Illicium parviflorum Michx. ex Vent.

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Credits

Article from New Trees, Ross Bayton & John Grimshaw

Recommended citation
'Illicium parviflorum' from the website Trees and Shrubs Online (treesandshrubsonline.org/articles/illicium/illicium-parviflorum/). Accessed 2020-02-21.

Genus

Common Names

  • Swamp Star-anise
  • Yellow Anise

Glossary

References

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Credits

Article from New Trees, Ross Bayton & John Grimshaw

Recommended citation
'Illicium parviflorum' from the website Trees and Shrubs Online (treesandshrubsonline.org/articles/illicium/illicium-parviflorum/). Accessed 2020-02-21.

Shrubby tree to 6 m; sometimes suckering and usually forming a wide, rounded crown. Leaves alternate, but clustered at shoot tips, dull green to olive-green, 5–13(–21) × 2–4(–6) cm, elliptic to obovate-elliptic, base acute, apex obtuse or rounded; petiole 0.8–1.6 cm. Flowers axillary at shoot tips, pendulous below the leaves, small, 0.8–1.2 cm diameter, solitary or sometimes two together, borne on peduncles 0.7–2.4 cm; perianth segments 11–16, yellow-green; stamens six to seven; follicles 10–13. Follicetum 2–3.5 cm diameter. Flowering late spring (Florida). Elias 1980, Vincent 1997. Distribution USA: Florida, Georgia. Habitat Moist woods, swamps, between 0 and 70 m asl. USDA Hardiness Zone 7b. Conservation status Not evaluated, but with a limited range and specialised habitat. Illustration Elias 1980; NT408.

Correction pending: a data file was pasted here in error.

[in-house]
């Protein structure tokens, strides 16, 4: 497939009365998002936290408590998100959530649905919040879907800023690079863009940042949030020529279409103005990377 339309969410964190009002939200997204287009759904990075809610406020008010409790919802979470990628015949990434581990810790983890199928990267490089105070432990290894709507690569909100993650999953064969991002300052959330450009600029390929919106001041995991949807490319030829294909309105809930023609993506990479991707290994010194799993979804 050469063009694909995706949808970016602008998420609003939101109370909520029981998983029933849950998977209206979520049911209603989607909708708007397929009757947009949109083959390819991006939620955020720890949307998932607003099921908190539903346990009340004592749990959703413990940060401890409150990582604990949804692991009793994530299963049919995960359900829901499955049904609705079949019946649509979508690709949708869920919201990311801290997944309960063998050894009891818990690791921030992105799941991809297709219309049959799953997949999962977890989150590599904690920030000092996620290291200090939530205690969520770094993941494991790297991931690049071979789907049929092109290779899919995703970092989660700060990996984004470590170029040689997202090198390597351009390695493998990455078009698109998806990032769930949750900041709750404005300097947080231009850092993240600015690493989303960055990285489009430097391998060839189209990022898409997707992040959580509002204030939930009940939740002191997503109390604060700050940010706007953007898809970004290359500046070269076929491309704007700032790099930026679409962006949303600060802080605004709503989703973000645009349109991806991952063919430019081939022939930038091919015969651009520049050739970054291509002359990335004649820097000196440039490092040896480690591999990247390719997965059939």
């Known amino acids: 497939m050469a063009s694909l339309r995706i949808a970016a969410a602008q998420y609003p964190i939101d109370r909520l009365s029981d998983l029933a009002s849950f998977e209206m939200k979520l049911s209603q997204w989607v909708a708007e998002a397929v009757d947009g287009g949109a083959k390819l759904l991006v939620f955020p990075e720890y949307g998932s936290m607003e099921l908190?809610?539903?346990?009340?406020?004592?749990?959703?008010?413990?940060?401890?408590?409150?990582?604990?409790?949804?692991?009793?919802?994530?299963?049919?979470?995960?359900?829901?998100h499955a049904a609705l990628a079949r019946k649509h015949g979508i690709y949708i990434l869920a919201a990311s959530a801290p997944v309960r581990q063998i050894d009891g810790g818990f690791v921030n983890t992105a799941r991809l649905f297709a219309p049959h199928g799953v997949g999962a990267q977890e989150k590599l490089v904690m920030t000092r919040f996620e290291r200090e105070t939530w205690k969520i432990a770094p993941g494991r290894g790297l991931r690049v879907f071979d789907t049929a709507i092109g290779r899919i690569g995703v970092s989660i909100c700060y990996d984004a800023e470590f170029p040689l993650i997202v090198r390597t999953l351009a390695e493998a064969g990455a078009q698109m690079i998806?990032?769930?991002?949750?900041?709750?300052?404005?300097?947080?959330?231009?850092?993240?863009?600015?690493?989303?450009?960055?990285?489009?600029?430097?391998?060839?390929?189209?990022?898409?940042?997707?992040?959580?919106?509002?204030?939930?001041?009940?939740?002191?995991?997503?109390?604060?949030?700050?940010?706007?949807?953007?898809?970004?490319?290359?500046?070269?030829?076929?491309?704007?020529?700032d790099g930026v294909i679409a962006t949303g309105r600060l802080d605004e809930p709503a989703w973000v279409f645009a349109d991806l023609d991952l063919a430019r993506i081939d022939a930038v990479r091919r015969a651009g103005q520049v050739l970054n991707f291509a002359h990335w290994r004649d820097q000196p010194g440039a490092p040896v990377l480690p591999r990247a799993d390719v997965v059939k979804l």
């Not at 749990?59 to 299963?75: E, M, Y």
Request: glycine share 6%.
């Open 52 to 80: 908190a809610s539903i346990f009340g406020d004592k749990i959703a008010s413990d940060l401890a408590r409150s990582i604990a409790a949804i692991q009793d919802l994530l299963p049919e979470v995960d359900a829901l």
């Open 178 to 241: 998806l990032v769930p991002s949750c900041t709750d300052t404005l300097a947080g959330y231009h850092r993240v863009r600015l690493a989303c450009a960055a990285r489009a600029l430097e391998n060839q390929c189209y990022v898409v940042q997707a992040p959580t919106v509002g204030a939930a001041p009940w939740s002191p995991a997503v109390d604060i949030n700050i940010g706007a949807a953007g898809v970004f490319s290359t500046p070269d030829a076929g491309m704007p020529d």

Illicium parviflorum is praised by Michael Dirr (1998) as the ‘most rugged landscape performer’ of all Illicium species, and is recommended by him as a solid foliage plant for gardens in the southeastern United States; the flowers are insignificant. Its performance in cooler, less humid areas is more uncertain, but it is clearly worth trying in a warm, moist situation. Dirr has introduced ‘Forest Green’, which has a more rounded, darker green leaf than normal. It seems to be very tolerant of exposure to full sunlight (Lasseigne 2001).


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